Diego Aleman, Rebecca Jacobs, and Sara Phillips

Community Spotlight on Suitland Community Action Team (SCAT)

The Suitland Community Action Team (SCAT) has, according the their website, “promoted a crime-free community through crime vigils and marches.” SCAT is a “community-based organization whose mission is to combat crime and maximize resources amongst individuals with low income by partnering with the Prince George's County Government and nonprofit agencies.” Elsie Jacobs is the president of SCAT, which formed in 1995. Jacobs worked in Suitland High School until 2005, but has been volunteering in Suitland for over thirty years. She founded SCAT in response to growing crime rates in the area, and mentions streets like Homer Avenue, Huron, Hudson, and Lewis as streets that experienced concentration of crime.

“Homer Avenue was up and running,” Jacobs said in an interview. “So many people got killed over there. Kids, their families...I just got involved, saying, ok, what can I do to help the situation?” Jacobs described Homer Avenue, and why it was such a center of crime in 2005. “There were a lot of apartments around there, a lot of people who had low income rentals, a lot of drugs, a lot of prostitution...I didn’t see the police. That’s what started me to put the SCAT team together. ”

By 2005, Huron, Hudson, and Homer Avenues were latent with crime, so much so that Prince George’s county designed a plan that involved “buying and demolishing all of the run-down apartments in a 33-acre area that includes Homer, Hudson and Huron avenues” (Klein, Washington Post) This was a huge endeavor that cost the city millions of dollars, but crime was reduced significantly. The demolition of Suitland Manor, on the corner of Suitland and Silver Hill roads, displaced about 800 families. Community organizers worked with these families and residents to help them relocate, sometimes outside of the neighborhood. There were mixed feelings about the demolition - some residents like then 13 year old Jasmine Hutcherson were glad to see it go, and happy that "they're tearing down the troubled part," as she told the Suitland Gazette in 2003. Older residents who relocated to senior communities were less than thrilled. Though the development was intended to be complete by 2008, it is an ongoing process. County Executive Rushern Baker, in 2016, told the Washington Business Journal that he envisioned Suitland as being the new Downtown Silver Spring, and urged businesses to “invest in Suitland.”

In 1995, when SCAT was founded, Suitland was experiencing an economic downturn in their business district. In an interview with the Washington Post, Suitland Business Association President Darlene Grey attributed it to loitering and pandering in and around the businesses (Pierre). The community’s business success seems to be tied to its reduction in crime. Jacobs emphasized how focusing on the business district was on the backburner while Suitland residents and officials struggled to tackle their crime problem. “As things progressed and things got better.... then I could look more into the business side,” she says. She mentions Kevin Seals, who she describes as owning “most of Suitland,” becoming more involved in the community, which she says has been “very beneficial.”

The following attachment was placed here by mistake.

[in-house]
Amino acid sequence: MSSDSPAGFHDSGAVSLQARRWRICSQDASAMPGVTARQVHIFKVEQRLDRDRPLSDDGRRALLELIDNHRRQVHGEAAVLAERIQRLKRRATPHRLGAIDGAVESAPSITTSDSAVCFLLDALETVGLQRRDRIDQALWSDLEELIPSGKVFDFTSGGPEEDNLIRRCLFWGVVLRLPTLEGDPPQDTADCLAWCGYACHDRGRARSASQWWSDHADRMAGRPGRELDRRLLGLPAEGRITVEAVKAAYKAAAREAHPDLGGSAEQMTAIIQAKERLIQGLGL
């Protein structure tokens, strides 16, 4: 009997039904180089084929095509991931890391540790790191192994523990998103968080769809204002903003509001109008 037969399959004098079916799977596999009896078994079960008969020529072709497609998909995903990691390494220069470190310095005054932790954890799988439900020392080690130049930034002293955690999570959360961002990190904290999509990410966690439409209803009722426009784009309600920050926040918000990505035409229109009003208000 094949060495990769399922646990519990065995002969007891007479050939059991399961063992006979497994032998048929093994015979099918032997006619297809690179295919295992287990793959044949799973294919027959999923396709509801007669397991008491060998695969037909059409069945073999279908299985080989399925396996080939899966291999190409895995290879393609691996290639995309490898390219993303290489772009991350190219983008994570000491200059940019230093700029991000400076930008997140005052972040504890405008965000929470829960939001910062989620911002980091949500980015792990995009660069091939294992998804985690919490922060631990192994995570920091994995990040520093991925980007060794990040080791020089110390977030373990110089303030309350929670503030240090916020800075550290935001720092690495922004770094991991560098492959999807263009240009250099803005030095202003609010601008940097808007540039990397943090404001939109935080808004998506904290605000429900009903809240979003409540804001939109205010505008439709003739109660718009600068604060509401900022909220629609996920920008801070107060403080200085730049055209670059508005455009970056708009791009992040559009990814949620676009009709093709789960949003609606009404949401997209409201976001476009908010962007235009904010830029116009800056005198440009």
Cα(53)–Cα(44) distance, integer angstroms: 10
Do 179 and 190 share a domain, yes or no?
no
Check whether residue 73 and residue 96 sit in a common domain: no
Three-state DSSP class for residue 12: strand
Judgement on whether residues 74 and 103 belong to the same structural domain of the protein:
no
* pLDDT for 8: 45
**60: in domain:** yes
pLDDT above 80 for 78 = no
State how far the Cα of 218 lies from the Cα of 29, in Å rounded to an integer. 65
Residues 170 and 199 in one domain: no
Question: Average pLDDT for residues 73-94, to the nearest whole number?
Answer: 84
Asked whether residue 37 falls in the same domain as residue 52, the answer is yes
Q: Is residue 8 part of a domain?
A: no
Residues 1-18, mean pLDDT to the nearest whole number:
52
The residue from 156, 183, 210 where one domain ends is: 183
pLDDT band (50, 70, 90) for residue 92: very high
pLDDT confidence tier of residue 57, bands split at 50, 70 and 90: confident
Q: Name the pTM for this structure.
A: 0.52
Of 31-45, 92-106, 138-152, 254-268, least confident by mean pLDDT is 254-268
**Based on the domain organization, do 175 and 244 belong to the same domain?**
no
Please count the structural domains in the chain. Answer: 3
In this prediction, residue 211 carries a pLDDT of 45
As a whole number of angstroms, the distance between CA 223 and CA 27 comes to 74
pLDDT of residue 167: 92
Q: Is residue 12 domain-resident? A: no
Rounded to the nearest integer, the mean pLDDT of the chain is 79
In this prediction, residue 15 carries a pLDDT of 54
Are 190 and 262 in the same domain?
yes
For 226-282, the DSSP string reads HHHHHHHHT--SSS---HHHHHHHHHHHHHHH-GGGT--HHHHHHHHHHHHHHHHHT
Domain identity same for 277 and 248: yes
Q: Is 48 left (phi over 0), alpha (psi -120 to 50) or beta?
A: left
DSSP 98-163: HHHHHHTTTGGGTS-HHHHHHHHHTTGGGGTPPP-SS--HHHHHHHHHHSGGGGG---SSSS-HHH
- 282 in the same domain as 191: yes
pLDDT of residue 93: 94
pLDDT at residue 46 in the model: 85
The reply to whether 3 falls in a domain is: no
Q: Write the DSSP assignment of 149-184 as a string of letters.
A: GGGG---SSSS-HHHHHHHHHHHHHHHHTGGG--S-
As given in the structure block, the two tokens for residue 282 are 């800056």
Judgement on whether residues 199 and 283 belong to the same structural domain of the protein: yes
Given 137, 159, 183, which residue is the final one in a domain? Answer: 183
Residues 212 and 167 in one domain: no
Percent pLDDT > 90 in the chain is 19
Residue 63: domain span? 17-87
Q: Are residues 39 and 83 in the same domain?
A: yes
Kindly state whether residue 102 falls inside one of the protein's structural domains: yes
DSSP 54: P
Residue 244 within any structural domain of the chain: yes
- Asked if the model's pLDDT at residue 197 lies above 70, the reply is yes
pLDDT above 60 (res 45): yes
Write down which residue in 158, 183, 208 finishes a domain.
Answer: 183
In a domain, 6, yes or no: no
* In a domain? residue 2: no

One problem that Jacobs says Suitland has is its lack of homeownership, and how this affects the community. “We have about 15/20 apartments in Suitland, and the apartments don’t buy into homeownership,” she says. “They (residents) don’t feel like they’re a part of the community.” HUD put a plan in place for helping residents purchase homes, called ‘Down Payment on Your Dreams.’ In 2011, when the plan was implemented, Suitland was facing home foreclosures on as much as 20% of their residences.  Jacobs says that, as a result of this program, “quite a few of them (residents) bought homes.

As a result of better business and increased community efforts and activism, Jacobs says, “Crime is really down in Suitland. And when we find little pockets, our police majors, officers, the stores... we get together and come up with a plan. And we try to weed out whatever it is.” Despite the enormous problems that Suitland has had with violent and property crime in the past, Jacobs believes that “Suitland is not a bad place to live. It’s a growing community, a lot of development is going to take place in the’s a good place to live, really.”

Elsie Jacobs stands in a room full of Christmas presents, products of an annual Christmas drive that the neighborhood has been doing for 12 years...bikes, coats, soccer balls, and toys, which she explains are for the children at Suitland Elementary, located on the once questionable Homer Avenue. “Changes are coming,” she says hopefully, recalling the violence that she witnessed on that very street, violence that she herself helped decrease dramatically. “It’s growing, and it’s going to be beautiful. ”